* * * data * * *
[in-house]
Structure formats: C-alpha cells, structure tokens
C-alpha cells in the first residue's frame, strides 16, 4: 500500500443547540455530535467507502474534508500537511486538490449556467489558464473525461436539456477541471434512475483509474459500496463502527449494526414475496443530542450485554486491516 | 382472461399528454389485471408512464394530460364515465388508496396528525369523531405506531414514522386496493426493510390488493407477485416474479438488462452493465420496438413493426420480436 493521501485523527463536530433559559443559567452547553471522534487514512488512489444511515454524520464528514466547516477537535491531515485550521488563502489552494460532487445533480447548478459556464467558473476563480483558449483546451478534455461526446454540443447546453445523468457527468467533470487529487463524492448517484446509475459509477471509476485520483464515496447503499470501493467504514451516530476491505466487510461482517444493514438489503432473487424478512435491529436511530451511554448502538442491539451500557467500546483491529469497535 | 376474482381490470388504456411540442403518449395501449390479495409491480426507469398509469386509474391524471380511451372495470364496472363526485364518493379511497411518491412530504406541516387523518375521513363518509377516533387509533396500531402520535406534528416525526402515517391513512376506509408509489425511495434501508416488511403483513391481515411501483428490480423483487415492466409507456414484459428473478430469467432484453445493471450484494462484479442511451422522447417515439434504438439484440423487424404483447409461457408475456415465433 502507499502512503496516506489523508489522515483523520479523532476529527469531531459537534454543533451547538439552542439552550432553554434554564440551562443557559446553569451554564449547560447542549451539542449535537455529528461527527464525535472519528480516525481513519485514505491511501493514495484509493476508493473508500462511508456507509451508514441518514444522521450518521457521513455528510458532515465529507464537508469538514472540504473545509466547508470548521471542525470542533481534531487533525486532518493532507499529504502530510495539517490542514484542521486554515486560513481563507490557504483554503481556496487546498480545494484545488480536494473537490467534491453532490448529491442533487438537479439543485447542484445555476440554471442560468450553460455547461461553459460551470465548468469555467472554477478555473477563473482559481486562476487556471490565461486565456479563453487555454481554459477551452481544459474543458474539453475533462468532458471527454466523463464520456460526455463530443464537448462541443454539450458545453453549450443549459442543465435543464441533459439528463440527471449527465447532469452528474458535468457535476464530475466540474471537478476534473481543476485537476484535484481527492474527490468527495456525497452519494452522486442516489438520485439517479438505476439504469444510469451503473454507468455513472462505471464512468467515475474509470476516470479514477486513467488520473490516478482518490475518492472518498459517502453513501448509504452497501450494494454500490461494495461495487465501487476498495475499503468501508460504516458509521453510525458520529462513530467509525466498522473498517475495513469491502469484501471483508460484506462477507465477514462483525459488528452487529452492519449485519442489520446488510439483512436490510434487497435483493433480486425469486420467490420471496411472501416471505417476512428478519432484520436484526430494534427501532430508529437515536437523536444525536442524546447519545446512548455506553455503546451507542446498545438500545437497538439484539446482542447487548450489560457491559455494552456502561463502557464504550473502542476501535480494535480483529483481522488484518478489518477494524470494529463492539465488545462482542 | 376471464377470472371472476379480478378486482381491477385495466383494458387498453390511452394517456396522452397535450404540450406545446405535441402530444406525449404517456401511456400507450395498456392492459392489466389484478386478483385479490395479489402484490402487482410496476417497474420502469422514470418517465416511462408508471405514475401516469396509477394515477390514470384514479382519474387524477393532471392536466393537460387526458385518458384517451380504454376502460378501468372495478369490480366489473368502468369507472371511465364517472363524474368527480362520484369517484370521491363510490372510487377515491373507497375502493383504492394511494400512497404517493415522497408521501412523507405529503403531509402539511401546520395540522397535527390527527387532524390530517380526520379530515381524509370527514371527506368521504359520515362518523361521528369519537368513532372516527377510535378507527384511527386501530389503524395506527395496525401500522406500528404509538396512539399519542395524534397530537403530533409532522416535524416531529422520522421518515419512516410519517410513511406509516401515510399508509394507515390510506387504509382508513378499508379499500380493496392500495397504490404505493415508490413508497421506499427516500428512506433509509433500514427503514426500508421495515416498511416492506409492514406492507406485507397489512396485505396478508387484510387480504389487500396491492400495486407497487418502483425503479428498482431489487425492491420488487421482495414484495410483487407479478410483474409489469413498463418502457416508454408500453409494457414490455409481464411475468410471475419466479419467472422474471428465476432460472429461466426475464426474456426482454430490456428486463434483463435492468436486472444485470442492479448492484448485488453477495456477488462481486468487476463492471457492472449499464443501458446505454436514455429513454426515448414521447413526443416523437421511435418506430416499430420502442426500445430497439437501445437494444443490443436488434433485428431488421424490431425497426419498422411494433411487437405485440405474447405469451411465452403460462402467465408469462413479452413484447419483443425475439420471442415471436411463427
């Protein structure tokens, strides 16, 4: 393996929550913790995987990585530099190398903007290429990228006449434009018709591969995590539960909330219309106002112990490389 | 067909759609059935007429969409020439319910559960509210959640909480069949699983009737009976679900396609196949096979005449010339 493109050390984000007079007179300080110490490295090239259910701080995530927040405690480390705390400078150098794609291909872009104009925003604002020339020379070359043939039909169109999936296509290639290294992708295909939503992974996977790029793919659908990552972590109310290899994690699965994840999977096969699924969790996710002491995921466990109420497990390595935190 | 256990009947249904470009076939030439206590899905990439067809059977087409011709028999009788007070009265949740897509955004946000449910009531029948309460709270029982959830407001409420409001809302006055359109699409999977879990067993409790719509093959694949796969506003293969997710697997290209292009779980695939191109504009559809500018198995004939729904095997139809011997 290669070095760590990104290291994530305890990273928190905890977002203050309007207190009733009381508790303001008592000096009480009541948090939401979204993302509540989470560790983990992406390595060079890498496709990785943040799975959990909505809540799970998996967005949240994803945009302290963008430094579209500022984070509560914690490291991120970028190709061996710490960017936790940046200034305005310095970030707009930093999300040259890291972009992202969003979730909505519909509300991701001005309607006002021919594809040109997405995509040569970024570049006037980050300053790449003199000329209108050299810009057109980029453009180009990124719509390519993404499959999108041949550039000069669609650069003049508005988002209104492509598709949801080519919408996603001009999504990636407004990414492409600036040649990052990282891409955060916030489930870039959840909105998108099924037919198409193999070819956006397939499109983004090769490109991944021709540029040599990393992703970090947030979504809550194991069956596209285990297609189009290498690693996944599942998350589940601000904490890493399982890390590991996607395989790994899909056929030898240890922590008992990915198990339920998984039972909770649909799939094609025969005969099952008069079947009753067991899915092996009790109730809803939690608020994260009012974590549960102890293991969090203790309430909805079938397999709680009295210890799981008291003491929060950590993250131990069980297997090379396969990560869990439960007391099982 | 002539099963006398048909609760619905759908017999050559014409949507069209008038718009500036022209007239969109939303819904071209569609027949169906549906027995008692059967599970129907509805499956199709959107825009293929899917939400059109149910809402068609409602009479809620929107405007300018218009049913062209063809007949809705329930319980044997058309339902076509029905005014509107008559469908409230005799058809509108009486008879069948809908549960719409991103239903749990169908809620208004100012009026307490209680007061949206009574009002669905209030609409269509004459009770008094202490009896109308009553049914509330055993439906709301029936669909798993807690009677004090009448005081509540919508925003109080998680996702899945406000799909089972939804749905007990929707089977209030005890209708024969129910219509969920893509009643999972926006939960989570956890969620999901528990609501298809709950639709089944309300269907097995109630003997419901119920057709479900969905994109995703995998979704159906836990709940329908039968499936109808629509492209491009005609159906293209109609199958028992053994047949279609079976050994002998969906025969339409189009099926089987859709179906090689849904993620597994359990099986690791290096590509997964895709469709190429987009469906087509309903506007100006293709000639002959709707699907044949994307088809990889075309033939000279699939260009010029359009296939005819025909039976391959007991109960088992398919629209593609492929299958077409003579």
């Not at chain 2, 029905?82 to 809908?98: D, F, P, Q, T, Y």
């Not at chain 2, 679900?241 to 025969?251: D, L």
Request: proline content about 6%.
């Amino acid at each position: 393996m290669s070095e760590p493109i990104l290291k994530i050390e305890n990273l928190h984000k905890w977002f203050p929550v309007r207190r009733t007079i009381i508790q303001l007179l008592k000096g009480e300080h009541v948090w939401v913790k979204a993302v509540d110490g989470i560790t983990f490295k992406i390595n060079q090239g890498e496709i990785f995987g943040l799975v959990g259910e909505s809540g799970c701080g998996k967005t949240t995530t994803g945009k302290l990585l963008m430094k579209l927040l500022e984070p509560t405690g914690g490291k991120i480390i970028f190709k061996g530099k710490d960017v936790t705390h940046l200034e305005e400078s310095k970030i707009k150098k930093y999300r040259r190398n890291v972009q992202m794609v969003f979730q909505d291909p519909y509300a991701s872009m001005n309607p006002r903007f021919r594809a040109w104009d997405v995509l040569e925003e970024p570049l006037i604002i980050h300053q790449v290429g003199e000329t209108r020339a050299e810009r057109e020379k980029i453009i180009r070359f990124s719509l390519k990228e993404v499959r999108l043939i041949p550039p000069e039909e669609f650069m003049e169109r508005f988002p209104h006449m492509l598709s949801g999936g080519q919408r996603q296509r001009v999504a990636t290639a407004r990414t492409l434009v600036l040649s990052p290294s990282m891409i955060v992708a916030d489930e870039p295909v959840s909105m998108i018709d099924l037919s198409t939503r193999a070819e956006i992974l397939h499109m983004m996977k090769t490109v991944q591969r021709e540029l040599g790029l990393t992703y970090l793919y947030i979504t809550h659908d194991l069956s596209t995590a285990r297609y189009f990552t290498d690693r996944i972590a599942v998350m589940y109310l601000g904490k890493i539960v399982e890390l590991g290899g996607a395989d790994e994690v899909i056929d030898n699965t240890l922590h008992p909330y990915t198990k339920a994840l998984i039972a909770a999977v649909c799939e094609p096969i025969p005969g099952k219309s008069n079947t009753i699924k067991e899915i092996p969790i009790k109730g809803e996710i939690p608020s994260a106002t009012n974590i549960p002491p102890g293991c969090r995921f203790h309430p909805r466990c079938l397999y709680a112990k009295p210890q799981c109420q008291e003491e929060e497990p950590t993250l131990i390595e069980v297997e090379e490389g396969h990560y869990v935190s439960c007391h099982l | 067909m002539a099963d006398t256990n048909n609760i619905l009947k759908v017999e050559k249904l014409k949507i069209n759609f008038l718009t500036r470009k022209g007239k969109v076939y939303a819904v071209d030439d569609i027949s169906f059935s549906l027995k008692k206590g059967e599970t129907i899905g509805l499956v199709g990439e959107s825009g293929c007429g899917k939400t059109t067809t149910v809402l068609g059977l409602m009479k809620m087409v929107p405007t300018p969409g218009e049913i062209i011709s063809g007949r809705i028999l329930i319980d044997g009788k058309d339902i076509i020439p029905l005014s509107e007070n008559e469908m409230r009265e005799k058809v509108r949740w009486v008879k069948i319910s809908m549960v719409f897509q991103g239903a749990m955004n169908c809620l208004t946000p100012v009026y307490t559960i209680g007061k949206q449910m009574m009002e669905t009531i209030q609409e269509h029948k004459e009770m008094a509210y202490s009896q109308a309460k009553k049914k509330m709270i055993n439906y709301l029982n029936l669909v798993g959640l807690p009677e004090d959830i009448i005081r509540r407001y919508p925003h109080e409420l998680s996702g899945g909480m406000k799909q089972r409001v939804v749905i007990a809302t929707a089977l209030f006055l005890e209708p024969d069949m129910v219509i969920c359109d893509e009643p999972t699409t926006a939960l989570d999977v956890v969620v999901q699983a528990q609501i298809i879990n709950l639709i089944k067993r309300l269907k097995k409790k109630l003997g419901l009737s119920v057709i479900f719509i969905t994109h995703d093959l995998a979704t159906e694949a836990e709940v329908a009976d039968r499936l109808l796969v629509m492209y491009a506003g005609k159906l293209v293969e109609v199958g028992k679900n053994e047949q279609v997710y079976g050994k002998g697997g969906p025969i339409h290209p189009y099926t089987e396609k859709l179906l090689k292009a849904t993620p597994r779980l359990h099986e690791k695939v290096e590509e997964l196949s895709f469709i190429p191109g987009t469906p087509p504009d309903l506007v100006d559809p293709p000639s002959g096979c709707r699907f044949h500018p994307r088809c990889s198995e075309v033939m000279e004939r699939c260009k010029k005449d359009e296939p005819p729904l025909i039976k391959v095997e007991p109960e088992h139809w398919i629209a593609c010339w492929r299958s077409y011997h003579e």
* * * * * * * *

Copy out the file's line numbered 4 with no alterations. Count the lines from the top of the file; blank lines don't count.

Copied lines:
């Protein structure tokens, strides 16, 4: 393996929550913790995987990585530099190398903007290429990228006449434009018709591969995590539960909330219309106002112990490389 | 067909759609059935007429969409020439319910559960509210959640909480069949699983009737009976679900396609196949096979005449010339 493109050390984000007079007179300080110490490295090239259910701080995530927040405690480390705390400078150098794609291909872009104009925003604002020339020379070359043939039909169109999936296509290639290294992708295909939503992974996977790029793919659908990552972590109310290899994690699965994840999977096969699924969790996710002491995921466990109420497990390595935190 | 256990009947249904470009076939030439206590899905990439067809059977087409011709028999009788007070009265949740897509955004946000449910009531029948309460709270029982959830407001409420409001809302006055359109699409999977879990067993409790719509093959694949796969506003293969997710697997290209292009779980695939191109504009559809500018198995004939729904095997139809011997 290669070095760590990104290291994530305890990273928190905890977002203050309007207190009733009381508790303001008592000096009480009541948090939401979204993302509540989470560790983990992406390595060079890498496709990785943040799975959990909505809540799970998996967005949240994803945009302290963008430094579209500022984070509560914690490291991120970028190709061996710490960017936790940046200034305005310095970030707009930093999300040259890291972009992202969003979730909505519909509300991701001005309607006002021919594809040109997405995509040569970024570049006037980050300053790449003199000329209108050299810009057109980029453009180009990124719509390519993404499959999108041949550039000069669609650069003049508005988002209104492509598709949801080519919408996603001009999504990636407004990414492409600036040649990052990282891409955060916030489930870039959840909105998108099924037919198409193999070819956006397939499109983004090769490109991944021709540029040599990393992703970090947030979504809550194991069956596209285990297609189009290498690693996944599942998350589940601000904490890493399982890390590991996607395989790994899909056929030898240890922590008992990915198990339920998984039972909770649909799939094609025969005969099952008069079947009753067991899915092996009790109730809803939690608020994260009012974590549960102890293991969090203790309430909805079938397999709680009295210890799981008291003491929060950590993250131990069980297997090379396969990560869990439960007391099982 | 002539099963006398048909609760619905759908017999050559014409949507069209008038718009500036022209007239969109939303819904071209569609027949169906549906027995008692059967599970129907509805499956199709959107825009293929899917939400059109149910809402068609409602009479809620929107405007300018218009049913062209063809007949809705329930319980044997058309339902076509029905005014509107008559469908409230005799058809509108009486008879069948809908549960719409991103239903749990169908809620208004100012009026307490209680007061949206009574009002669905209030609409269509004459009770008094202490009896109308009553049914509330055993439906709301029936669909798993807690009677004090009448005081509540919508925003109080998680996702899945406000799909089972939804749905007990929707089977209030005890209708024969129910219509969920893509009643999972926006939960989570956890969620999901528990609501298809709950639709089944309300269907097995109630003997419901119920057709479900969905994109995703995998979704159906836990709940329908039968499936109808629509492209491009005609159906293209109609199958028992053994047949279609079976050994002998969906025969339409189009099926089987859709179906090689849904993620597994359990099986690791290096590509997964895709469709190429987009469906087509309903506007100006293709000639002959709707699907044949994307088809990889075309033939000279699939260009010029359009296939005819025909039976391959007991109960088992398919629209593609492929299958077409003579």